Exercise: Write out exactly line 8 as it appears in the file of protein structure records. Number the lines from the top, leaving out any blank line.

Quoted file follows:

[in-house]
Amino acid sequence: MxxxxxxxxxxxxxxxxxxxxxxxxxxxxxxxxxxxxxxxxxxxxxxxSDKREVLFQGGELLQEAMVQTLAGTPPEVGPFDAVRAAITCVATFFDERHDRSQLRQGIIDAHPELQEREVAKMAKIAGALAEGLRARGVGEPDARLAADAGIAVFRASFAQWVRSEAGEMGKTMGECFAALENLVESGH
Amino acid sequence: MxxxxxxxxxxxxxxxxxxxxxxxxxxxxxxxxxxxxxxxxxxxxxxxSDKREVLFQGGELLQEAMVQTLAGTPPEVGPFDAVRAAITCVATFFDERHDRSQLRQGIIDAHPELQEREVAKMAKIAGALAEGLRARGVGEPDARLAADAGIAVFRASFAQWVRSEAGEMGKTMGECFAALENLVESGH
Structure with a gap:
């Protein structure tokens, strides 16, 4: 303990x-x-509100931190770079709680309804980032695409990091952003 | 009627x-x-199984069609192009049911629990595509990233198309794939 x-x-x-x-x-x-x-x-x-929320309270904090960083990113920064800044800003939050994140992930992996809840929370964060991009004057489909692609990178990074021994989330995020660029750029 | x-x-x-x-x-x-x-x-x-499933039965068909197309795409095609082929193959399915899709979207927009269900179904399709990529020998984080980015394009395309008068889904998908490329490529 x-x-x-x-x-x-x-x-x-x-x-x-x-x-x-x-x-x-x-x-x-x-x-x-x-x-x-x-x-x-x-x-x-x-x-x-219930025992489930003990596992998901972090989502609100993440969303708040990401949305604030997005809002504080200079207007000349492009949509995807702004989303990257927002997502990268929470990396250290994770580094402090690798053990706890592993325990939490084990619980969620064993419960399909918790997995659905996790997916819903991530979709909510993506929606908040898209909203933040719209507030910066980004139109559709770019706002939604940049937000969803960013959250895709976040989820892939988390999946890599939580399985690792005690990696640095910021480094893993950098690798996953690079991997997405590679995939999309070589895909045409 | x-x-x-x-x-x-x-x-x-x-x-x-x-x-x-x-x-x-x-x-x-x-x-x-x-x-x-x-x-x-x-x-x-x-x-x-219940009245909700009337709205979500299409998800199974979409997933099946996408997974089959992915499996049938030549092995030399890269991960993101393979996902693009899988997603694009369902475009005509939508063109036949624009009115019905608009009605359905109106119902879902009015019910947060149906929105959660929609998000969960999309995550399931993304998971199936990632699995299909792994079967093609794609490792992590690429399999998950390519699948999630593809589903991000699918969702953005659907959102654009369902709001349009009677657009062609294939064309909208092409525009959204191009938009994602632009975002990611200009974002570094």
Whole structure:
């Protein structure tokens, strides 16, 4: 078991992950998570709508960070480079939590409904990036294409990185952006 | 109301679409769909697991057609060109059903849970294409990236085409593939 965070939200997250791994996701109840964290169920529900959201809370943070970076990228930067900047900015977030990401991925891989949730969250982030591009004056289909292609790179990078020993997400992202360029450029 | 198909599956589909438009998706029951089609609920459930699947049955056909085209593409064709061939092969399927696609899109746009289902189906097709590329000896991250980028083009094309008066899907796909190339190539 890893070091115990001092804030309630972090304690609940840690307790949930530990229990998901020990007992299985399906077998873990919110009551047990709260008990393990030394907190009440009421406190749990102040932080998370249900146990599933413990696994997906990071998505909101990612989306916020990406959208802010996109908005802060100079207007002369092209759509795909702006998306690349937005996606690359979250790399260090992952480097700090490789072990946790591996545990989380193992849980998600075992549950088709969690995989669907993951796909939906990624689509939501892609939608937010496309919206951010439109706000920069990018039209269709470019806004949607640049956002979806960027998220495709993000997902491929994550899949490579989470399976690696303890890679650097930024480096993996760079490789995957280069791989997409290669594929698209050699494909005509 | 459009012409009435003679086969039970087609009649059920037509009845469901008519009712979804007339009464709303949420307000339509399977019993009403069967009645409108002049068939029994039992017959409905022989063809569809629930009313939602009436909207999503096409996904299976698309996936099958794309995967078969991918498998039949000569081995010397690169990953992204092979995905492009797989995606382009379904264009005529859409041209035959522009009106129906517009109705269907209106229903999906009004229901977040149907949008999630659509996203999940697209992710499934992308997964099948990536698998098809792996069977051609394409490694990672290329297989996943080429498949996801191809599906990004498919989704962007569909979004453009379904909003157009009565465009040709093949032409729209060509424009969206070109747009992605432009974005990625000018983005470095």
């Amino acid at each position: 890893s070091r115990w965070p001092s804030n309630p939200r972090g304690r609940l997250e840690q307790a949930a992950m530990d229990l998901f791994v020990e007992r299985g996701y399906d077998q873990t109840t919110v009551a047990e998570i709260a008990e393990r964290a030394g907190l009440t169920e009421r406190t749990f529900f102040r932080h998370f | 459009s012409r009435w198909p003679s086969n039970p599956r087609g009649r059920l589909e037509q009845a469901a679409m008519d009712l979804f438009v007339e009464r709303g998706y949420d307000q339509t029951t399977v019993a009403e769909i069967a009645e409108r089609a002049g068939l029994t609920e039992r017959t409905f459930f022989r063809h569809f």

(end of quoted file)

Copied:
């Amino acid at each position: 890893s070091r115990w965070p001092s804030n309630p939200r972090g304690r609940l997250e840690q307790a949930a992950m530990d229990l998901f791994v020990e007992r299985g996701y399906d077998q873990t109840t919110v009551a047990e998570i709260a008990e393990r964290a030394g907190l009440t169920e009421r406190t749990f529900f102040r932080h998370f | 459009s012409r009435w198909p003679s086969n039970p599956r087609g009649r059920l589909e037509q009845a469901a679409m008519d009712l979804f438009v007339e009464r709303g998706y949420d307000q339509t029951t399977v019993a009403e769909i069967a009645e409108r089609a002049g068939l029994t609920e039992r017959t409905f459930f022989r063809h569809f």